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How are muon velocities measured so accurately in storage rings/hadron colliders?

  1. Mar 27, 2012 #1
    How accurate are the muon velocity measurements in storage rings, for muons generated in hadron colliders like CERN. How is the velocity measured?

    For example, Bailey et. al. confirmed SR mathematical predictions in their famous muon ring experiment (1977), which lists the velocity of muons as 0.9994c and corresponding γ as 29.3 with a very high level of accuracy/confidence.

    Did they measure the velocity of muons though some "time of flight" mechanism independent of the γ value, or was it derived using the "relativistic velocity equation" from the measured γ (or the known muon energy level for that matter)?

    The reason I ask about the accuracy is that the velocity in fact has to be an even more accurate 0.99942c (using SR time dilation equation 1/√(1-v2/c2)) to arrive at the measured γ of 29.3. Even 0.9994c or 0.9995c produces a hugely different γ at that level of velocity (28.87 and 31.62 respectively!).

    Appreciate any answers from anyone who is knowledgeable in this area.
     
  2. jcsd
  3. Mar 27, 2012 #2

    Bill_K

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    arindamsinha, They don't measure the muon's velocity, they measure its momentum, by observing the curvature of its trajectory in a strong magnetic field.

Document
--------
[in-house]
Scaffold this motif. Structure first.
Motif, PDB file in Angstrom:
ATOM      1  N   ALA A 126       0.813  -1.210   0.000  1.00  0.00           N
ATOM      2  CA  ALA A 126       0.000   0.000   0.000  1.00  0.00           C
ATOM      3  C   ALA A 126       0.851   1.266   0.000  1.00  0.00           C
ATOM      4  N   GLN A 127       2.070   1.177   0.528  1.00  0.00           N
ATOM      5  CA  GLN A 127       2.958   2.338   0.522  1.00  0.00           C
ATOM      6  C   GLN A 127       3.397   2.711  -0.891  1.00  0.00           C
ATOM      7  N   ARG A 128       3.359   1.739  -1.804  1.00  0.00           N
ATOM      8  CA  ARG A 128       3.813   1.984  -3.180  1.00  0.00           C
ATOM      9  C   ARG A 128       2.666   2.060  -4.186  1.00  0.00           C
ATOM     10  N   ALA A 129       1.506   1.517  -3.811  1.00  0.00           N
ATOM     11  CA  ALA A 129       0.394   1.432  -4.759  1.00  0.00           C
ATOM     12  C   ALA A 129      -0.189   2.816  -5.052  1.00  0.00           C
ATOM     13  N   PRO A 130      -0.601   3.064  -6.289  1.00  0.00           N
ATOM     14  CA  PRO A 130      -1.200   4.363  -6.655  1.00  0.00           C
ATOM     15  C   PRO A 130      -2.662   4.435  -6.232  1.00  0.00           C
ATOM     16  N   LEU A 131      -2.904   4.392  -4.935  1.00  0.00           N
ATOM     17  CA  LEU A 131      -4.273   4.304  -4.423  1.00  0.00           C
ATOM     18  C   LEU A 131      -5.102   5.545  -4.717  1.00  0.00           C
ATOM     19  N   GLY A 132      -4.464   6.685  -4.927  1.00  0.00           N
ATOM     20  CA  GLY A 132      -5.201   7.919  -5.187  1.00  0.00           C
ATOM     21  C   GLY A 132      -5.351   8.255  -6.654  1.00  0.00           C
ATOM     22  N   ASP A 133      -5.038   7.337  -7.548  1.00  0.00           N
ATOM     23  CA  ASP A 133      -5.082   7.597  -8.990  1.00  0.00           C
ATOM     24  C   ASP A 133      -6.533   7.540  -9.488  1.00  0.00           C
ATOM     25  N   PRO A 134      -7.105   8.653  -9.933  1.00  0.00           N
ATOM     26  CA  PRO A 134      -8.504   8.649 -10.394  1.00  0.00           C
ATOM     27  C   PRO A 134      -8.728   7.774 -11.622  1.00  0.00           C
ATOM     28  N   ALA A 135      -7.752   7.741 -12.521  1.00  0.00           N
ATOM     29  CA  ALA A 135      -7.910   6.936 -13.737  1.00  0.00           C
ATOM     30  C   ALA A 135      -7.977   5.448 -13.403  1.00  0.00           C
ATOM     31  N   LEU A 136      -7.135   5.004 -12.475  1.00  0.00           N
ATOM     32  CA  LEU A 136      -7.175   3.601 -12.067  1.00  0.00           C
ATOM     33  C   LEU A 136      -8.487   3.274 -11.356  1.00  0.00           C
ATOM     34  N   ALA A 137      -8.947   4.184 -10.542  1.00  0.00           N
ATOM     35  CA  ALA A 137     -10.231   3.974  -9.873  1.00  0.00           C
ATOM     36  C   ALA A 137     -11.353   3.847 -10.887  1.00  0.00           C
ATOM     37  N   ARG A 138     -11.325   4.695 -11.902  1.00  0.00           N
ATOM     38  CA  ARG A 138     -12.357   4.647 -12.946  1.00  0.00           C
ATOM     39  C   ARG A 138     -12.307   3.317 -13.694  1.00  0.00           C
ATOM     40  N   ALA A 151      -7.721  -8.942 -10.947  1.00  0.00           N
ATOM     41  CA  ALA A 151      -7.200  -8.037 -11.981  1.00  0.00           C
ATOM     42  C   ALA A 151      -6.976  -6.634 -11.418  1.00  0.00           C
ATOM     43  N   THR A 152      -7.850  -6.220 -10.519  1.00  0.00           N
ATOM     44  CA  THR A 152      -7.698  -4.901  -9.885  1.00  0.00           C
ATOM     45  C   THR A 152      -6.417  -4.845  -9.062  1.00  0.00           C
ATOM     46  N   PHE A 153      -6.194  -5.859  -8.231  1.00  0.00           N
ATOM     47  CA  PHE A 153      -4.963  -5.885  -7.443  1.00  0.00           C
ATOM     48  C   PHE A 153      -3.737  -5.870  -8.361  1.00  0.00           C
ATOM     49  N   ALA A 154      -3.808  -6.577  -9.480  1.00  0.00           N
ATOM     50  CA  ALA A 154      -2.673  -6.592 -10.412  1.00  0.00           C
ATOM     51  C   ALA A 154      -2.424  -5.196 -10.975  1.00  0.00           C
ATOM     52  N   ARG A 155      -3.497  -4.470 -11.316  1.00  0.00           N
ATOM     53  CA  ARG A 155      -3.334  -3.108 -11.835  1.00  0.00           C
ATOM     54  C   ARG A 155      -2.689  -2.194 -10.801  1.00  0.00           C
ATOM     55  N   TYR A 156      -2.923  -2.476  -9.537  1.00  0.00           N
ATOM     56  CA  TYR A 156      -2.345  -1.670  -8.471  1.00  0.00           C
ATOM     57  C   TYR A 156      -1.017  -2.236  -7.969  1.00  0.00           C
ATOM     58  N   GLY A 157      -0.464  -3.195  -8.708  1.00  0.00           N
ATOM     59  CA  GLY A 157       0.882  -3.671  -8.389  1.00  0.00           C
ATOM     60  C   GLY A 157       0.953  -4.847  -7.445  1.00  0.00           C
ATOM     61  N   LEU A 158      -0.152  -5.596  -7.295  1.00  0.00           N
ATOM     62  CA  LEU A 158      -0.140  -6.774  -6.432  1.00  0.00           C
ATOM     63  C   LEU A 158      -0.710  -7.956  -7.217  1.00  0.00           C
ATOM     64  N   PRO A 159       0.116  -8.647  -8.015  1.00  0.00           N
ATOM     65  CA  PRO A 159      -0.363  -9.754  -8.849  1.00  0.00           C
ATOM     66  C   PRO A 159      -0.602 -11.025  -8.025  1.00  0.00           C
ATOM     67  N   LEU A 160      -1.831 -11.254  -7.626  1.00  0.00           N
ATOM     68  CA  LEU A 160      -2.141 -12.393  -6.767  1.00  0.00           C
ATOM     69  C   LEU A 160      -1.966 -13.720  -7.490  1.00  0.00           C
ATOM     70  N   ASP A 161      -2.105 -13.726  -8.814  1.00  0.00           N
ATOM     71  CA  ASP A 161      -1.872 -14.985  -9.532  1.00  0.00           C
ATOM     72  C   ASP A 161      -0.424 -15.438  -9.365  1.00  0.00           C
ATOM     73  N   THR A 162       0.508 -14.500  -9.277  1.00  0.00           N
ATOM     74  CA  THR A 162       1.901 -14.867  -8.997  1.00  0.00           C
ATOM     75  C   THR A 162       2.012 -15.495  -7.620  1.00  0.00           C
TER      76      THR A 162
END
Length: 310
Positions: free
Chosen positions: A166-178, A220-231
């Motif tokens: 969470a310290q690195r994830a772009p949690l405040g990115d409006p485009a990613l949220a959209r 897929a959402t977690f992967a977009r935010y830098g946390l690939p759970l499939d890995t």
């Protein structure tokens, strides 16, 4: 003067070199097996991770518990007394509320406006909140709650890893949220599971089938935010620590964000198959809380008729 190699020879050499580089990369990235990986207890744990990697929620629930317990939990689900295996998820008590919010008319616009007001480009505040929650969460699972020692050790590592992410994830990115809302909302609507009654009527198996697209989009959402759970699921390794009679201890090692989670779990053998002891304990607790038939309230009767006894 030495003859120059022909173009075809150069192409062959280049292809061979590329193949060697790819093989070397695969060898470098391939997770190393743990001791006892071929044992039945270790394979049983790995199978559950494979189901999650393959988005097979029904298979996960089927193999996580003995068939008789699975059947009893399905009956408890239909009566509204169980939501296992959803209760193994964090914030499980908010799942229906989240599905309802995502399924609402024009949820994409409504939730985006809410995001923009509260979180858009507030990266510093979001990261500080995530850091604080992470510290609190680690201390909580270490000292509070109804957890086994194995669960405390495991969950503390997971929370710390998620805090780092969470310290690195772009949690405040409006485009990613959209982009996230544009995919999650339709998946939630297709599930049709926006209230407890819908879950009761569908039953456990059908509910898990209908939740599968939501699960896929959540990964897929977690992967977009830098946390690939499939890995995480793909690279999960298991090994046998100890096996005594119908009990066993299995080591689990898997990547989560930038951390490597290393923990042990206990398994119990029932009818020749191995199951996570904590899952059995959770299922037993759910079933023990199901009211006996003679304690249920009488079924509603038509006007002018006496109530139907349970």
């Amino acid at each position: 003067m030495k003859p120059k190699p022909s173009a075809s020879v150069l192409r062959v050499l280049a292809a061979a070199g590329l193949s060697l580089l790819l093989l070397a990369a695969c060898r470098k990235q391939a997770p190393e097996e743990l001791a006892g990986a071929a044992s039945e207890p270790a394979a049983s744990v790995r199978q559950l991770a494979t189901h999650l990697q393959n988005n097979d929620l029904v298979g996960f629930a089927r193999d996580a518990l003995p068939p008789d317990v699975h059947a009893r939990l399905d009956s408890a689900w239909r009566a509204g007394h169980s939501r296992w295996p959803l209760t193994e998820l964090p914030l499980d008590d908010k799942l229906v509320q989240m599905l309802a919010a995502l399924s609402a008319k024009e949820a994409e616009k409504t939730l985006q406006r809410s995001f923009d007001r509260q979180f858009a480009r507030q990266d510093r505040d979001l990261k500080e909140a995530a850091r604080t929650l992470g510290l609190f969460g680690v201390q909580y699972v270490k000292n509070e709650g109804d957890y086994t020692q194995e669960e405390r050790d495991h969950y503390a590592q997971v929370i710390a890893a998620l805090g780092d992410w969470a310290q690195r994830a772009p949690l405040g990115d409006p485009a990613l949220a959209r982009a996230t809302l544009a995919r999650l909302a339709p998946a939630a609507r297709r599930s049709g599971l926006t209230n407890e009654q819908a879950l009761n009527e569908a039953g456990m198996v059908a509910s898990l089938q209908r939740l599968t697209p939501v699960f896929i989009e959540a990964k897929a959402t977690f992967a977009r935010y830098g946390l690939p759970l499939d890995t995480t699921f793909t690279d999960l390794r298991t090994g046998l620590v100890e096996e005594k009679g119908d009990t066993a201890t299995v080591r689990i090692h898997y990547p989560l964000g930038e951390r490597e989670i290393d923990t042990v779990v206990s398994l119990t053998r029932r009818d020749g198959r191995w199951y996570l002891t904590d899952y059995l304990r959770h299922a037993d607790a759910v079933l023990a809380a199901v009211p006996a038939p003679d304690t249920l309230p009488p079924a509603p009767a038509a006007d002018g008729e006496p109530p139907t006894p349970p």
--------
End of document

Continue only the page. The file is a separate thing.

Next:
4. Mar 27, 2012 #3
    Thanks Bill. Can you give some details how this is done, and how accurate it is?
     
  5. Mar 27, 2012 #4

    jtbell

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    Doesn't the paper by Bailey et al. say anything about the methods used?
     
  6. Mar 27, 2012 #5

    Vanadium 50

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    Actually, in storage rings, what they measure is frequency - the frequency that matches the beam circulation time. Using something cheap and commercially available like a crystal oven gives you eight decimal places of accuracy on the velocity.
     
  7. Mar 27, 2012 #6
    jtbell, I tried that first, but the paper doesn't seem to be available online for free. One has to buy it from Nature or other websites for $30+.

    Vanadium 50, that is very helpful. Is there are link where I can find more detail about the method you mentioned, even if not with respect to the Bailey experiment?
     
  8. Mar 27, 2012 #7

    Vanadium 50

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    You might google "BNL g-2 experiment" and see if there is a good description of the storage ring.
     
  9. Mar 27, 2012 #8
    Thanks. One other follow-up question - is there an explanation why the experiment didn't show any gravitational time dilation in spite of a very large acceleration?
     
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